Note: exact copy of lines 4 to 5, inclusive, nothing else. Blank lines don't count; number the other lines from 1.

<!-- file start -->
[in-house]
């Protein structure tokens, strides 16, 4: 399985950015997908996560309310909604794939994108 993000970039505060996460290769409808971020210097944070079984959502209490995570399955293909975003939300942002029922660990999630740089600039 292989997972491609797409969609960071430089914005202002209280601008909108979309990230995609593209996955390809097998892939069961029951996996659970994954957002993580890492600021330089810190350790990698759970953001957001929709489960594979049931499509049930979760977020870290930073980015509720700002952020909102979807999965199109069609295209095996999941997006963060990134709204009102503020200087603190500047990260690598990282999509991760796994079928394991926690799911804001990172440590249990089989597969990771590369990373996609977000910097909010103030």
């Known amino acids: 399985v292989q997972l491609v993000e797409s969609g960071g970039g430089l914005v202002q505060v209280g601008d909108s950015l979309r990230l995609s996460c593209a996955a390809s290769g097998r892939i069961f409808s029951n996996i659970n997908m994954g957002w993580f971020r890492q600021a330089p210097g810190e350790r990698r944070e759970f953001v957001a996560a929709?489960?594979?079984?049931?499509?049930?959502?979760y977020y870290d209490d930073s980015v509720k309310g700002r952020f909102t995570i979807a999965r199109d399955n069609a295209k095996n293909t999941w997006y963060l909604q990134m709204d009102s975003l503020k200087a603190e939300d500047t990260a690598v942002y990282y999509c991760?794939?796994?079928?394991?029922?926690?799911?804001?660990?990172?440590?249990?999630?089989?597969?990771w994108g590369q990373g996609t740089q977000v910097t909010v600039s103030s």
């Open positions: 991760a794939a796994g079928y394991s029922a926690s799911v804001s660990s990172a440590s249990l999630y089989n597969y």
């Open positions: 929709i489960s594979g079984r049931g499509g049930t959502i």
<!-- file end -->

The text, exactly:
């Open positions: 991760a794939a796994g079928y394991s029922a926690s799911v804001s660990s990172a440590s249990l999630y089989n597969y």
């Open positions: 929709i489960s594979g079984r049931g499509g049930t959502i």